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Which is worse for your health, outdoor or indoor pollution?

Which is worse for your health, outdoor or indoor pollution?

The rising problem of both outdoor and indoor pollution is causing serious health problems. With the debate over the publication of the Government’s air pollution strategy in the news recently there has been a focus on the problem of pollution outdoors.

However, a much smaller amount has been written about the health issues connected to pollution caused by sources typically found indoors.

 


The extent of the problem

However, in 2016 a report published by the Royal College of Physicians and the Royal College of Paediatrics and Child Health highlighted the less understood impact of indoor pollution, as well as the growing evidence of harm to children’s health and intelligence.

The report found that air pollution both inside and outside the home causes at least 40,000 deaths a year in the UK. It also said that indoor air pollution is estimated to have caused or contributed to 99,000 deaths across Europe in 2012.

While much of the pollution found outdoors is related to nitrogen oxides and particulates emitted by vehicles, indoor sources of air pollution are much more diverse and can come from substances found in gas cookers, cleaning products, paints, mould and cigarette smoke.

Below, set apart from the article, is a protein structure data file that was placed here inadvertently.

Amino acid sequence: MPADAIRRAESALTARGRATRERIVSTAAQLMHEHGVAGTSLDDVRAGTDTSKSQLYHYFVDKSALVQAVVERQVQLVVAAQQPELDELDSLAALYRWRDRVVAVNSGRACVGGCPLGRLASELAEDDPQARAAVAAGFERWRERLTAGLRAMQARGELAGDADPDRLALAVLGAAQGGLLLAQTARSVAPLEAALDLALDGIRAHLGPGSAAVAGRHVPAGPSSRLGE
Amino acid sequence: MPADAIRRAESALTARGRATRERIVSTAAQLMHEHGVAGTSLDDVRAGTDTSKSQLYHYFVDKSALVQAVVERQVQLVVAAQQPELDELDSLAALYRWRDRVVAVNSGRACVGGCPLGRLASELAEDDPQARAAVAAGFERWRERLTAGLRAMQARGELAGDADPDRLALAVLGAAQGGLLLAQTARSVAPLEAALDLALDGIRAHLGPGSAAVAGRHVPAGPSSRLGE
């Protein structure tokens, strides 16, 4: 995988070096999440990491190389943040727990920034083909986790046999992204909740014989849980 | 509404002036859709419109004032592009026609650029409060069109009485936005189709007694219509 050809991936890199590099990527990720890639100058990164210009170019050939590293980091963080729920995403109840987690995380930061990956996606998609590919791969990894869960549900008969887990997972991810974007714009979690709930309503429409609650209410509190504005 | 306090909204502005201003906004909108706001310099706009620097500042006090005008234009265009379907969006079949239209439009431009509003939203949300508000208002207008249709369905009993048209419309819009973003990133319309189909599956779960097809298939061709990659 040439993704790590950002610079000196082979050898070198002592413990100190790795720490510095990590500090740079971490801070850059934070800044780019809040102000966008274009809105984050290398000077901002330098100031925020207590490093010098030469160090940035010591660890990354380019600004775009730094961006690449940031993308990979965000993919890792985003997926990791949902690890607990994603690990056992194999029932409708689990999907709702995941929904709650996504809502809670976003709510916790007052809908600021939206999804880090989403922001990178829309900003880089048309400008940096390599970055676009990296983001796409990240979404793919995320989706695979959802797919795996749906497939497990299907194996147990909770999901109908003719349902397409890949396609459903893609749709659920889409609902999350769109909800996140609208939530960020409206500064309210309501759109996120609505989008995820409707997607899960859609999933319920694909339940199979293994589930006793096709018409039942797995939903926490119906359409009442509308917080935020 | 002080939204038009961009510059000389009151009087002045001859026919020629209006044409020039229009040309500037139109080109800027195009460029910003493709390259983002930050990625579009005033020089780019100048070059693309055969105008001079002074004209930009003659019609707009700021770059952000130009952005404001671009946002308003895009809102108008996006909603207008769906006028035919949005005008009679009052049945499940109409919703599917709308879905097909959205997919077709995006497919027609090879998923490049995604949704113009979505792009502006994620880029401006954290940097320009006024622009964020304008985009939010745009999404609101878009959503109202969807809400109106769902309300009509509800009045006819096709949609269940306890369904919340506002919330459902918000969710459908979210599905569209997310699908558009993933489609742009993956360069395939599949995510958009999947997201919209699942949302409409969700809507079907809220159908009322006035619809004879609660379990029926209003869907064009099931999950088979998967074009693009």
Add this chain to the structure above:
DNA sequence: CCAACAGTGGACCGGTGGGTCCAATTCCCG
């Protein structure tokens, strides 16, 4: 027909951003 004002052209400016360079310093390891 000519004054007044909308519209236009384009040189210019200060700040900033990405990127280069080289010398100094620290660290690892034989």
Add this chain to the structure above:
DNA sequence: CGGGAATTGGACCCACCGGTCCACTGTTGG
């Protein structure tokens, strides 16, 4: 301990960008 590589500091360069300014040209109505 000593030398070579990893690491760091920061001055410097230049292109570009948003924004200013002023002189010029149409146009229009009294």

Health problems associated with indoor pollution

Considering that in the UK we spend up to 90% of our time indoors, the problem is a serious one. The report found evidence that exposure to pollutants throughout life, from pregnancy to older age, can have lasting influences. 

Evidence also suggests that long-term exposure to air pollution is linked to a decline in lung function in adults, asthma, type 2 diabetes, problems with brain development and cognition (thinking ability), cardiovascular diseases and even cancer. 

There are a number of reasons why the problem of indoor pollution is getting worse. One factor is that the increase in airtight, energy-efficient homes has led to less airflow and poorer air quality inside many properties. One report recently suggested the number of Britons with asthma could almost double by 2050 because of the problem.

In addition, the continued inclusion of volatile organic compounds (VOCs) in household products such as paints and cleaning products is believed to exacerbate asthma and allergies while the widespread use of formaldehyde in flooring and furnishings is another source of health problems.

 


Tips to improve indoor air quality

The good news is there are numerous things you can do to improve air quality indoors from opening windows and doors more often to circulate the air to dusting regularly and keeping pets clean.

If you are renovating your home avoid toxins by using formaldehyde-free cabinetry and 100% VOC-free paint. Add more houseplants to help fight air pollution. 

Other tips include ventilating areas that might get damp to prevent mould build-up and not using synthetic air fresheners. Make sure smokers stand outside and only use the wood burner when absolutely necessary.

 

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